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Residents need to be aware of threat to public education

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By The Staff

I’m grateful for the recent educational forum held in the community room of the Fort Mill Library. There was standing room only.

I am a husband, a father of three grown children, all educated in the public schools of South Carolina. I’ve lived in South Carolina for 29 years.

My wife and I are retired and have lived in Fort Mill township for 13 years. We are grateful to those who built, funded and staffed the schools we attended in the 1950s-60s, and to those who built, funded and staffed the schools our children attended. Now, we want to look out for the next generation.

We heard rumors that out-of-state people have been pouring money into South Carolina legislative elections in recent years, in an attempt to undermine public funding for our public schools. It sounded unbelievable. We went to the forum.

I was shocked to learn the extent to which this is happening. It sounds like it would be illegal, but it is not illegal. The forum presenter was an expert on the phenomenon of out-of-state sponsors of South Carolina legislative candidates who will advocate state taxpayer money being used to fund vouchers for students to attend private schools or advocate tax credits for the same, which has an identical effect. He used public documents, campaign donation reports for 2006 and 2008, to illustrate how this is being done through shell corporations and other legal ways to circumvent the campaign funding laws of South Carolina.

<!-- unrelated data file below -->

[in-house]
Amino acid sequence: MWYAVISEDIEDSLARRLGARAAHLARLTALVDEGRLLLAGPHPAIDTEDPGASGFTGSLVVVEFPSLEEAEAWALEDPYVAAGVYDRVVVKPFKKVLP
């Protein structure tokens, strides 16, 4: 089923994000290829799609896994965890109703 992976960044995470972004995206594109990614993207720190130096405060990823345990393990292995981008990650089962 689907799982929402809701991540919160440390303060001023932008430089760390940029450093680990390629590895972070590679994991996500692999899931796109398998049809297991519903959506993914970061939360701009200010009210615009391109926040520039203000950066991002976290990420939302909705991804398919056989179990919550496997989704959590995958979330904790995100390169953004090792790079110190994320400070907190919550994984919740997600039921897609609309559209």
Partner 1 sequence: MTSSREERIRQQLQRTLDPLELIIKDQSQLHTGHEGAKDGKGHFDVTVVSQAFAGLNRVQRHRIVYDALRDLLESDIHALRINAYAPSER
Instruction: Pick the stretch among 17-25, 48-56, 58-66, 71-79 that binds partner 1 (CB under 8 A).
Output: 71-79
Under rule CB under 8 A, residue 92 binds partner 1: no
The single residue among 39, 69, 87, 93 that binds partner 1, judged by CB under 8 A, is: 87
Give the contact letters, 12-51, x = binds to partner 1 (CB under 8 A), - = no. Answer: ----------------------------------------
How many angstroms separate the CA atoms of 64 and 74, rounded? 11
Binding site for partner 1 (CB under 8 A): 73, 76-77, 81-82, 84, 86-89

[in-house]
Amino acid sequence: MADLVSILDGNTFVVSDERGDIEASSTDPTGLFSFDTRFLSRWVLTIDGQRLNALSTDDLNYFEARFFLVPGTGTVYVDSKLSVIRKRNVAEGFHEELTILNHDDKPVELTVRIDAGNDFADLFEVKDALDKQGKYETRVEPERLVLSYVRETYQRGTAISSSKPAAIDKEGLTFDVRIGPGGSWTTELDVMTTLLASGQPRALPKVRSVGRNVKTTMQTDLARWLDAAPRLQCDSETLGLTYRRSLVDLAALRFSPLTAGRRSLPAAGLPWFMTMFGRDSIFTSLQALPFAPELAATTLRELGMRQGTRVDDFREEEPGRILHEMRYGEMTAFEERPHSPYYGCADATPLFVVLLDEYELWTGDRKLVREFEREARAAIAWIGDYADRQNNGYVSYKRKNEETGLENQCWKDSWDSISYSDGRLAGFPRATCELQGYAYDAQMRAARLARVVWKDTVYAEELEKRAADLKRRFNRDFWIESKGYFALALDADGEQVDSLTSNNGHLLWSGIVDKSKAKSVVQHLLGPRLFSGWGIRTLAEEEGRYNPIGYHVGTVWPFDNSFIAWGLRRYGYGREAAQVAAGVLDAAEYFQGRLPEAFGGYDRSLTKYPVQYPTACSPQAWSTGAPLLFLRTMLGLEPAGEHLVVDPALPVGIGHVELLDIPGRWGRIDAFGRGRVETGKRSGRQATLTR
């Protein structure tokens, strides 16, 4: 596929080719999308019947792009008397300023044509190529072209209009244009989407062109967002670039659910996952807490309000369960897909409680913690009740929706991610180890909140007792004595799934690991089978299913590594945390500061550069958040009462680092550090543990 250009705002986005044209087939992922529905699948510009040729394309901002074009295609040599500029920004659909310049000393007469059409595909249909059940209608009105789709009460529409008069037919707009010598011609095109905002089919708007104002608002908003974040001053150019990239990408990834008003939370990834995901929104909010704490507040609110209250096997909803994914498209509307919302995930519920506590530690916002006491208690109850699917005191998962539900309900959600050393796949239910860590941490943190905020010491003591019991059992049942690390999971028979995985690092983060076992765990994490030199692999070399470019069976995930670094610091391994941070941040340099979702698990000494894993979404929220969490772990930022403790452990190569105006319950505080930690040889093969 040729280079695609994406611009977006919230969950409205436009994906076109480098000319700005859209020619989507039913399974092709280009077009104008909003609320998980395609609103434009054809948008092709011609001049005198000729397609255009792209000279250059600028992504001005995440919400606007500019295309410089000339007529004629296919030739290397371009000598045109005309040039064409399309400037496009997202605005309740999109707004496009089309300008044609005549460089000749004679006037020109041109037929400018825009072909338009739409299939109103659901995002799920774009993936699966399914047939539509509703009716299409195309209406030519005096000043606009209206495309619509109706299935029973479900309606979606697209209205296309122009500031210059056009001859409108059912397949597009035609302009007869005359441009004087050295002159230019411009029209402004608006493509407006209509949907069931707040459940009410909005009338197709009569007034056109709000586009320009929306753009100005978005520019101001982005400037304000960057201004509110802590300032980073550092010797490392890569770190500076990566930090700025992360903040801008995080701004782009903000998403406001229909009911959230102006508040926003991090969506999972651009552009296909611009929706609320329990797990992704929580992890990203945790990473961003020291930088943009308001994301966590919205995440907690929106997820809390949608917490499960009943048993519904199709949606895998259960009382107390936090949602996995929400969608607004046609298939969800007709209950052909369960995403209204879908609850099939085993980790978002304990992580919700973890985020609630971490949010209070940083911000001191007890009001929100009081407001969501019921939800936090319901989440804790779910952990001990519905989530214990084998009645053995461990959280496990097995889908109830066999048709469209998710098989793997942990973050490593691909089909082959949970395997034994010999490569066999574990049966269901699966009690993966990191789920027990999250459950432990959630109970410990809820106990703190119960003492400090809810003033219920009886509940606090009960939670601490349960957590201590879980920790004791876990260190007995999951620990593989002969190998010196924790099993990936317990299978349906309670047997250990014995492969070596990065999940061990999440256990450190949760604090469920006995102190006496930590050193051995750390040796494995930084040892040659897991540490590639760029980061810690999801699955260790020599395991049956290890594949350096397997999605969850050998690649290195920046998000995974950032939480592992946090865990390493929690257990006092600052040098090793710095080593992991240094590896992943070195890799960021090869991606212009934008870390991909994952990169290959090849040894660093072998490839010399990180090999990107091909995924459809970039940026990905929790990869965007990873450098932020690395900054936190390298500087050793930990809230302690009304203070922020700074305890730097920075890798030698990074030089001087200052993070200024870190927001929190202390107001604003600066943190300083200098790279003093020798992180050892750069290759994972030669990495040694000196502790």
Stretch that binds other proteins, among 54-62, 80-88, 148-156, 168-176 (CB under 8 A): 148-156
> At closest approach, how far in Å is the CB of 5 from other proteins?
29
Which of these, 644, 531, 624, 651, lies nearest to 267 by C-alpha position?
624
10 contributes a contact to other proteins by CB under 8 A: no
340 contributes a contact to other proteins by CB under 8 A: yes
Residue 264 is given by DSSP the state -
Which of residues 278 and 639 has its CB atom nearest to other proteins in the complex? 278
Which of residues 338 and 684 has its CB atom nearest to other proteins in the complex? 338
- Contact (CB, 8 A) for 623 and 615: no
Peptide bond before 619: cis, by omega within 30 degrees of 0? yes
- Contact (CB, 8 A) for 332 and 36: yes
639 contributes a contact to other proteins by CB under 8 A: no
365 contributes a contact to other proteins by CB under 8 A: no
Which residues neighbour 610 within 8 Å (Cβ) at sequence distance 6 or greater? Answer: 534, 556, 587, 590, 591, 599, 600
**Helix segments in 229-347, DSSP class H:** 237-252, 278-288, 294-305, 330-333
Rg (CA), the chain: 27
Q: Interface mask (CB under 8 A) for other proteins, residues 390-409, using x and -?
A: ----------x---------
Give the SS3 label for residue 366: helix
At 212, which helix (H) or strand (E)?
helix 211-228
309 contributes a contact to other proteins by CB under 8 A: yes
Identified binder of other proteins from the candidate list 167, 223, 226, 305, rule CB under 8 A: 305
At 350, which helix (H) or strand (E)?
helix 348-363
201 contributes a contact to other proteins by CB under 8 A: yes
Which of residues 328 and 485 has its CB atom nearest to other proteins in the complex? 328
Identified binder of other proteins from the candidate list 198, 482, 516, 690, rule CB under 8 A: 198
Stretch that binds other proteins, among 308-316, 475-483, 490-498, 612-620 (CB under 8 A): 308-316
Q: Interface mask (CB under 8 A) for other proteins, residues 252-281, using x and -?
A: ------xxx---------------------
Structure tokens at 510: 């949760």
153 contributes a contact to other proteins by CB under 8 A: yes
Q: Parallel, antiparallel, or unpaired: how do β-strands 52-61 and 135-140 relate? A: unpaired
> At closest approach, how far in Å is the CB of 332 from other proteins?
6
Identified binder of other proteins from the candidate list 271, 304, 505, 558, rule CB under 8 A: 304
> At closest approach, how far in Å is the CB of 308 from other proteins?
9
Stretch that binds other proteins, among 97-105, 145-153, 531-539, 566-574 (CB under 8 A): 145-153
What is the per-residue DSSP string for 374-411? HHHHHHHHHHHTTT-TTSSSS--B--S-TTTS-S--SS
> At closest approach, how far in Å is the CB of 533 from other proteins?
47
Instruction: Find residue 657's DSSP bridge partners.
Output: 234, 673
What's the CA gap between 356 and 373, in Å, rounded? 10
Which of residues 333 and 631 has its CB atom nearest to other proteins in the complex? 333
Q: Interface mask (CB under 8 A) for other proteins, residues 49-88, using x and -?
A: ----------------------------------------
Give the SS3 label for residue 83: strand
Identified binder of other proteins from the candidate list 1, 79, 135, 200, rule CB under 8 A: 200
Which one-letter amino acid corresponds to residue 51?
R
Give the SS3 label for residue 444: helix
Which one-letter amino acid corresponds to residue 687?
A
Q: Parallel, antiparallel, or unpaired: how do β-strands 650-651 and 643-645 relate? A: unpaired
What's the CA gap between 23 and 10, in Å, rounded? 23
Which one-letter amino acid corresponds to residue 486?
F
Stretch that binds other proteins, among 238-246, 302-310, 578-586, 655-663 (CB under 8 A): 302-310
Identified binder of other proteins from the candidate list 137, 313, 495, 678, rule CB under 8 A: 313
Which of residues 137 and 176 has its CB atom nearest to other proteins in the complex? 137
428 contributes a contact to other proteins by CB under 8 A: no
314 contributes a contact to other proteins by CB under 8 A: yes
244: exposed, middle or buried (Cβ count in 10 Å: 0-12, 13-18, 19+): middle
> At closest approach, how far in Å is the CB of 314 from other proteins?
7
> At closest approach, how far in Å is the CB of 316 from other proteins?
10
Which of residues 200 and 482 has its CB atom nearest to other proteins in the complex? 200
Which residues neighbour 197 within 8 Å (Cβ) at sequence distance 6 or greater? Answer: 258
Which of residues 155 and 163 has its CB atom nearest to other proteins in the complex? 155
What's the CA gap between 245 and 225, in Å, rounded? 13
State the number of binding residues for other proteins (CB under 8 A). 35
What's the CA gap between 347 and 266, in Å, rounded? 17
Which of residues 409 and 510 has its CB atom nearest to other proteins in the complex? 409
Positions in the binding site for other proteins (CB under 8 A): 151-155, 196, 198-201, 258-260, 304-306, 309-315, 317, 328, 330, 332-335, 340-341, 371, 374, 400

I am not against citizens choosing to send their children to private schools. But I strongly object to public money being drawn away from public schools to help pay for private school education. That’s not right.

Both candidates for S.C. Senate Seat 16 were present at the forum.

Candidate Mick Mulvaney, a homebuilder and developer, did not dispute the presentation that documented he had received $6,000 of such out-of-state campaign donations for his election to the S.C. House two years ago from out-of-state sources lobbying to put public money into private schools through vouchers or tax credits. And he did not promise to refuse this stream of campaign donation in his current campaign.

Candidate Mandy Powers Norrell said she refuses to accept campaign donations from such out-of-state donors. A graduate of South Carolina public schools herself, an attorney, and a mother of children in public schools, Mrs Norrell affirmed that her top priority in the S.C. Senate will be to strengthen the funding base for our public schools and to strongly oppose this effort to divert South Carolina public tax money away from public schools and into private schools.

We learned in the forum that the coordinator and primary bankroller of this strategy, expressed through a myriad of related shell corporations, is a New York multi-millionaire named Howard Rich – his real name.

Why is Mr. Rich doing this? We learned that he is a Libertarian who believes state and national government should be reduced as close to zero as possible. A large part of state government, constitutionally, must support public education. He believes all K-12 education should be operated by private business.

I believe it’s crucial for all South Carolinians to understand this growing and bizarre threat to public education for all citizens. It carries the potential to undermine the committed teachers, aides and administrators, who are working hard in our public schools to strengthen the growth and development of children and grandchildren of all citizens.

If you want to learn more about this devious strategy to undermine public funding for public education, to target several states including our own, I invite you to visit stophowardrichsc.blogspot.com.

Art Gatewood is a Fort Mill resident.